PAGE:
The Epistle to the Romans is considered to be the classic of Reformation theology. Luke Johnson, a scholar from the Roman Catholic tradition, invests this commentary with breadth of perspective and clarity of expression. He focuses on understanding the key themes and their relationship to the whole of Pauline writings and the shaping of Christianity.
Paul wrote his letter to the Roman Christians to win their financial support for a new stage in his mission. How could an apostle, unknown by sight to the Roman believers, recommend himself, except by sharing his understanding of how God was at work through the Good News that Paul proclaimed to Jews and Gentiles? The book of Romans starts with a practical goal and becomes a theological masterpiece of great historical importance and of enduring significance to all believers. This fresh reading of Romans pays close attention to Paul’s theological argument as it unfolds.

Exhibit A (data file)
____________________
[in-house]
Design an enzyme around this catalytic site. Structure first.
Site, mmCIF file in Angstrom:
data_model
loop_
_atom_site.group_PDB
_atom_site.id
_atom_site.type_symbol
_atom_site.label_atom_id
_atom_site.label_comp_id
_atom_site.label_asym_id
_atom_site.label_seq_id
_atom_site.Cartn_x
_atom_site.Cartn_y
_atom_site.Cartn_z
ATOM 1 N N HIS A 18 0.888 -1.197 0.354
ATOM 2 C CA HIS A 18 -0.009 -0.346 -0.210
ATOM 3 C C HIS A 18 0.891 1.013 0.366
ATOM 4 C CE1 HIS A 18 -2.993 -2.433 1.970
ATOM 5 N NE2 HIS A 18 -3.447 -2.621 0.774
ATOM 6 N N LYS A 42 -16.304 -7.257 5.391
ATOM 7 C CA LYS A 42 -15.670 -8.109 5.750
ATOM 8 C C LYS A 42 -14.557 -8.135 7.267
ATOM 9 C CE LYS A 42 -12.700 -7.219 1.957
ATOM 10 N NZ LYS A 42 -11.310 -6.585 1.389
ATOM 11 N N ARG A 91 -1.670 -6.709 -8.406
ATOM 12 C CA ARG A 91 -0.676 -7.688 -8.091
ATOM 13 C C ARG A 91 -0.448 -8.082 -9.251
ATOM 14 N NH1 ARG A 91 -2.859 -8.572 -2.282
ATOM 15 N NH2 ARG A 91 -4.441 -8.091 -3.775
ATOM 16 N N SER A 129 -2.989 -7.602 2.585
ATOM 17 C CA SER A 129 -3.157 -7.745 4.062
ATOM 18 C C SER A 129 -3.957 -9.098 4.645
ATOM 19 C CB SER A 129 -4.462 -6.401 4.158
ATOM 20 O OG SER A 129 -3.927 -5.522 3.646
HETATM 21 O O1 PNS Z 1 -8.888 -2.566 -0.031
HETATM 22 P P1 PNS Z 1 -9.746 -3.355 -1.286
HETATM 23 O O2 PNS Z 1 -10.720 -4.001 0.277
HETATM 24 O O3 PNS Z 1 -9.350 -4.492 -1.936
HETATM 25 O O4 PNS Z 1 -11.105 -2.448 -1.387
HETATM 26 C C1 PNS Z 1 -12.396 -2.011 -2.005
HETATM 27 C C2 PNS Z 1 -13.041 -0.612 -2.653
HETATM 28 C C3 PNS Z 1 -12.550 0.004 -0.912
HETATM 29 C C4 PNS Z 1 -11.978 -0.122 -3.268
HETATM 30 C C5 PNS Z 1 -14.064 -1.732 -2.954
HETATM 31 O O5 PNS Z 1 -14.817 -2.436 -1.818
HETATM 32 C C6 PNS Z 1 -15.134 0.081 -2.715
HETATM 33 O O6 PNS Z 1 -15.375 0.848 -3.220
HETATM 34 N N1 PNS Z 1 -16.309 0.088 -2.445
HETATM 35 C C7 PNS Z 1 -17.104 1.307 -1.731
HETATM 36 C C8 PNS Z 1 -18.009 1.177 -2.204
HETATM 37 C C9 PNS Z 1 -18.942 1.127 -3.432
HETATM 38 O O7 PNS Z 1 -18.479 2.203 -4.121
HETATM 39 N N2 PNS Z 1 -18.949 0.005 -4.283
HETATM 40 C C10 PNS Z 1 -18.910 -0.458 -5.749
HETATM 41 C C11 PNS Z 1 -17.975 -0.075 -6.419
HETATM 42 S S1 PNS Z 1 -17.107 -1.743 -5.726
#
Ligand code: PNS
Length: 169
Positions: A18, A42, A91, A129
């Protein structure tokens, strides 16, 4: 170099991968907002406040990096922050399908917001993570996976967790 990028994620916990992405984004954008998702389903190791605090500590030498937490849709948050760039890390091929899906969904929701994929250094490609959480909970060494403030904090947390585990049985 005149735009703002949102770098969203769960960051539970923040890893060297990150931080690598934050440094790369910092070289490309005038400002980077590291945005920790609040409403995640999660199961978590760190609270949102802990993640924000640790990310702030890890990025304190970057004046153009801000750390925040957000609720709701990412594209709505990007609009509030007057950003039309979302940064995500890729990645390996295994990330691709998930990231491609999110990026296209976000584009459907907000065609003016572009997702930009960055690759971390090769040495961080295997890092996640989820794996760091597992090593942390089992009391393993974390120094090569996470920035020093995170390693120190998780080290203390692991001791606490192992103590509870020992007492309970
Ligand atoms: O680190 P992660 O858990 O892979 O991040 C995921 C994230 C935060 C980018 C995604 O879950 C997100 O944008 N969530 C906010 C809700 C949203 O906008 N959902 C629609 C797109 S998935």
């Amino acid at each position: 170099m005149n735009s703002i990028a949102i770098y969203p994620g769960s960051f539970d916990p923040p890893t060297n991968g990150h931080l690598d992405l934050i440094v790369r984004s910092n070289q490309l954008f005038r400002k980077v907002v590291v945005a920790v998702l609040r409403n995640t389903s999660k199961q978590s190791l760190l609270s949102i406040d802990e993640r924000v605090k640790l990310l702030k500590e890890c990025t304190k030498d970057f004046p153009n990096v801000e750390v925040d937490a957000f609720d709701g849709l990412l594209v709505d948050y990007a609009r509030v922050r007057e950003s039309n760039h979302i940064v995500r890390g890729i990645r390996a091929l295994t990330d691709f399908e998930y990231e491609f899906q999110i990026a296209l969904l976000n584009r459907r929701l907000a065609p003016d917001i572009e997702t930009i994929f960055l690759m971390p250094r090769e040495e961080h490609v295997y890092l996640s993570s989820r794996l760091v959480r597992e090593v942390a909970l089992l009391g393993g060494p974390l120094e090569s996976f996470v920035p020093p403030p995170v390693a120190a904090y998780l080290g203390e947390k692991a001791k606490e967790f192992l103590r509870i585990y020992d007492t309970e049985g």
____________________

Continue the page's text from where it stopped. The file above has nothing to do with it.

Johnson shows how Paul understands “righteousness by faith” as the faith of the human person Jesus, how “salvation” means inclusion in God’s people, and how the work of the Holy Spirit transforms human consciousness so that believers can share with each other the faith and the love shown them by Jesus.
Luke Timothy Johnson is the R.W. Woodruff Professor of New Testament and Christian Origins at the Candler School of Theology at Emory University in Atlanta, Georgia. Professor Johnson earned his B.A. in Philosophy from Notre Dame Seminary in New Orleans, a Master of Divinity in Theology from Saint Meinrad School of Theology, an M.A. in Religious Studies from Indiana University, and his Ph.D. in New Testament Studies from Yale University. A former Benedictine monk, Johnson has taught at Yale Divinity School and Indiana University. He is the author of more than 20 books, including The Real Jesusand The Writings of the New Testament: An Interpretation, which is used widely as a textbook. He has published a large number of scholarly and popular articles, anthologies, book reviews, and other academic papers and lectures and received several awards for excellence in teaching. He often lectures at universities and seminaries worldwide, where he is widely perceived as the leading conservative scholar on the debates surrounding the Jesus Seminar, taking stances against its view of Jesus.